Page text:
A key difference between a tasklet and the kernel's softirq mechanism is that tasklets are simply easier to work with, making them a good choice for your typical driver. Of course, if you can use a threaded handler instead, just do that; later, we'll show a table that will help you decide what to use and when. One of the key things that makes tasklets easier to use is the fact that (on an SMP system) a particular tasklet will never run in parallel with itself; in other words, a given tasklet will run on exactly one CPU at a time (making it non-concurrent, or serialized, with respect to itself).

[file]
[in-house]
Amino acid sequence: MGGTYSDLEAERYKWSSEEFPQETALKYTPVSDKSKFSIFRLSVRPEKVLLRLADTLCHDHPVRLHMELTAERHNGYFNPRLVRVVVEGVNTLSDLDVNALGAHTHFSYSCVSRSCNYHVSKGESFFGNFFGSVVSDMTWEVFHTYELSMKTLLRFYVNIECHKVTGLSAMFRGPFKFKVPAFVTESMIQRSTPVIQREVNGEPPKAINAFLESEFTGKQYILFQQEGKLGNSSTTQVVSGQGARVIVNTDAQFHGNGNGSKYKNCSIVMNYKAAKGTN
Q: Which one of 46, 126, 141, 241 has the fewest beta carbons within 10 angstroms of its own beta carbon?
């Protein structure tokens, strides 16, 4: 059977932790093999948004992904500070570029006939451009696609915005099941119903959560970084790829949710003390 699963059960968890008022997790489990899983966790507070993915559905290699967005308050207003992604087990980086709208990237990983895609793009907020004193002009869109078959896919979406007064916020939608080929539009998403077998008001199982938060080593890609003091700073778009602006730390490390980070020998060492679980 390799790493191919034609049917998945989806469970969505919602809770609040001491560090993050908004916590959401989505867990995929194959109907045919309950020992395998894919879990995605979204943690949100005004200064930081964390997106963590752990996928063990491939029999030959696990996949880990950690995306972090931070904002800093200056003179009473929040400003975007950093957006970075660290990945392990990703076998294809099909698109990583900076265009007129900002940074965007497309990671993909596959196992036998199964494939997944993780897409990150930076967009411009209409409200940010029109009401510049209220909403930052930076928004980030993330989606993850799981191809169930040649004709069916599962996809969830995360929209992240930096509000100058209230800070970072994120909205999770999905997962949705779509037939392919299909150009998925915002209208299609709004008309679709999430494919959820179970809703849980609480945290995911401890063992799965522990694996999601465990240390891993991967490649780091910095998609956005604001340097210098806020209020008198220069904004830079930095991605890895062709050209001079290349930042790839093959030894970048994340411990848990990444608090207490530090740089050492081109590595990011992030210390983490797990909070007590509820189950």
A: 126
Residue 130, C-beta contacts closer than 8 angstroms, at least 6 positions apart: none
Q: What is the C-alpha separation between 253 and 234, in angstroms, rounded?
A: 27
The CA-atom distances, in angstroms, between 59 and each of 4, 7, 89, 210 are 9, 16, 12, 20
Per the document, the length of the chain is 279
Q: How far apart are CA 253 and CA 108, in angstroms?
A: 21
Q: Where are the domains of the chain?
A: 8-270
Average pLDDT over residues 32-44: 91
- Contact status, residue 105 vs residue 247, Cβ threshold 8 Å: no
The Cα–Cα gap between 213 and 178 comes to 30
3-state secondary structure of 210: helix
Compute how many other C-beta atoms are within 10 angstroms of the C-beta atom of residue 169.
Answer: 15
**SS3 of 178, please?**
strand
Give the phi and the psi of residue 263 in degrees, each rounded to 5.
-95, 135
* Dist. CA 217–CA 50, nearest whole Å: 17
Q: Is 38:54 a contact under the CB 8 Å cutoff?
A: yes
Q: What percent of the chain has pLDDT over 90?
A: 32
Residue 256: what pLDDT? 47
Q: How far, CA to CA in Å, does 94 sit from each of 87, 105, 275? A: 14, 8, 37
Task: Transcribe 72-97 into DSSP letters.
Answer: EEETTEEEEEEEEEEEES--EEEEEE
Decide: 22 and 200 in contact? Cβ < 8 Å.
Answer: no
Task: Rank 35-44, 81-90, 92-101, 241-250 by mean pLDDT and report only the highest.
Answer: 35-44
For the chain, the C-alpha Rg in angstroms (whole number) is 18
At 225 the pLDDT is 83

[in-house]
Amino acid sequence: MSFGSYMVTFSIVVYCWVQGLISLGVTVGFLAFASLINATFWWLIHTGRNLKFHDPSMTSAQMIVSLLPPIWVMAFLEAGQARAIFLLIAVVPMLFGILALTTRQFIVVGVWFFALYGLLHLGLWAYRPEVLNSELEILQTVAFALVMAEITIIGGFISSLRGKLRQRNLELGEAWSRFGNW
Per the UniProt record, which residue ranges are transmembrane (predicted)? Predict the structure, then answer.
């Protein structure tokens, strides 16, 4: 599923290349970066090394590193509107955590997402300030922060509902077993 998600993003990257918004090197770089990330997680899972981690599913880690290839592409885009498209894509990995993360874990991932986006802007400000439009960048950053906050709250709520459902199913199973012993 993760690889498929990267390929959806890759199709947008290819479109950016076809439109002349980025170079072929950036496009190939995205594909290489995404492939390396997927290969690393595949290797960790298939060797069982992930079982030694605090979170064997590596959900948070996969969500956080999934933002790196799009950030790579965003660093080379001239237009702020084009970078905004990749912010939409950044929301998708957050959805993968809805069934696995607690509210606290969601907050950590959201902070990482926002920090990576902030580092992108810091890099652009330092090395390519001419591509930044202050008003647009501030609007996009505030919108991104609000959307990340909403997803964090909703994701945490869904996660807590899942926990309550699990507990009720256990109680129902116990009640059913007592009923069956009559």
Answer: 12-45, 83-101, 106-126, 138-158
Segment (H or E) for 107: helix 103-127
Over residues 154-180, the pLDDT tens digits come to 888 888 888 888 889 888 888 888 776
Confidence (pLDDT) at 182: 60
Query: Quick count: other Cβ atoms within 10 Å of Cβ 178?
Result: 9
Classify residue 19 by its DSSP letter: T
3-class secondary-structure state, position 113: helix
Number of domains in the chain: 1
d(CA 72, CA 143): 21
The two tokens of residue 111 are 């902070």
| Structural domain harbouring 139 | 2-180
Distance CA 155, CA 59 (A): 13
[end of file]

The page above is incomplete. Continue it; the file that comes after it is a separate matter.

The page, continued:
The header comment in linux/interrupt.h gives us some important properties of the tasklet as well:
* If tasklet_schedule() is called, then tasklet is guaranteed
to be executed on some cpu at least once after this.
* If the tasklet is already scheduled, but its execution is still not
started, it will be executed only once...